This study examined predictors of having received HIV and sexually transmitted disease (STD) testing and having been referred by school staff for HIV/STD testing. In 2014, students in seven high schools completed paper-and-pencil questionnaires assessing demographic characteristics, sexual behavior, referrals for HIV/STD testing, and HIV/STD testing. The analytic sample (n = 11,303) was 50.7% female, 40.7% Hispanic/Latino, 34.7% Black/African American (non-Hispanic), and mean age was 15.86 (SD = 1.22). After controlling for demographic characteristics, significant predictors of reporting having been tested for HIV or STDs were reporting having received a referral for HIV/STD testing (odds ratio [OR] = 3.18; 95% CI = [2.14, 4.70]) and reporting staff following-up on the referral (OR = 3.29; 95% CI = [1.31, 8.23]). Students reporting referrals had significantly higher odds of being male (OR = 2.49; 95% CI = [1.70, 3.65]), "other" or multiracial (non-Hispanic; compared to White, non-Hispanic; OR = 2.72; 95% CI = [1.35, 5.46]), sexual minority (OR = 3.80; 95% CI = [2.57, 5.62]), and sexually experienced (OR = 2.58; 95% CI = [1.76, 3.795]). School staff referrals with follow-up may increase HIV/STD testing among students.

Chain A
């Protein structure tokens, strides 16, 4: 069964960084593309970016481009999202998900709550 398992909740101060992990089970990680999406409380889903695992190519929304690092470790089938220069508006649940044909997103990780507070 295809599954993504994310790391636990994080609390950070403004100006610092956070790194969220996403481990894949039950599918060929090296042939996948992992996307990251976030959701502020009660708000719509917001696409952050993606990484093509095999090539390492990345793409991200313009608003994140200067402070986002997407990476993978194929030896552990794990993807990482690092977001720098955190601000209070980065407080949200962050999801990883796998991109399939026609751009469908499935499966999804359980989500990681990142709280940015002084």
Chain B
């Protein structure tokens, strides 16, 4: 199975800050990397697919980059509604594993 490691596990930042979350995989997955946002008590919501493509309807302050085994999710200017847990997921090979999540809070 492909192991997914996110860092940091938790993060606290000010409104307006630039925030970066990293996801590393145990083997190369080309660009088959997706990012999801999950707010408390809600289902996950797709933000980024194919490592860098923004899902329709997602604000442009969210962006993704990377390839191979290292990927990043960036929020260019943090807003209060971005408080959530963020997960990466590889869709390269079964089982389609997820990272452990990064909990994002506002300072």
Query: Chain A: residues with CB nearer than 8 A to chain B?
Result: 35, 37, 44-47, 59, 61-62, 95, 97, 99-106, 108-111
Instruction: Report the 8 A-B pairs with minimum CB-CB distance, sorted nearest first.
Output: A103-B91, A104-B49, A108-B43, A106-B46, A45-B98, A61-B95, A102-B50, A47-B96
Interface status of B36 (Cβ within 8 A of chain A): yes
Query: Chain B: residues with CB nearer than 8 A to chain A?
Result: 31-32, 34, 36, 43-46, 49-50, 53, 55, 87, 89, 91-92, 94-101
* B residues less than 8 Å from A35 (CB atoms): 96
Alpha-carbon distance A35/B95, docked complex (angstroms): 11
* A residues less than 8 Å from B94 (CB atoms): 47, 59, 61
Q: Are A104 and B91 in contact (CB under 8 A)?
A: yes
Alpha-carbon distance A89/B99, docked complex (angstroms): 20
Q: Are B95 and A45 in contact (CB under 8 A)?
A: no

The Importance of School Staff Referrals and Follow-Up in Connecting High School Students to HIV and STD Testing.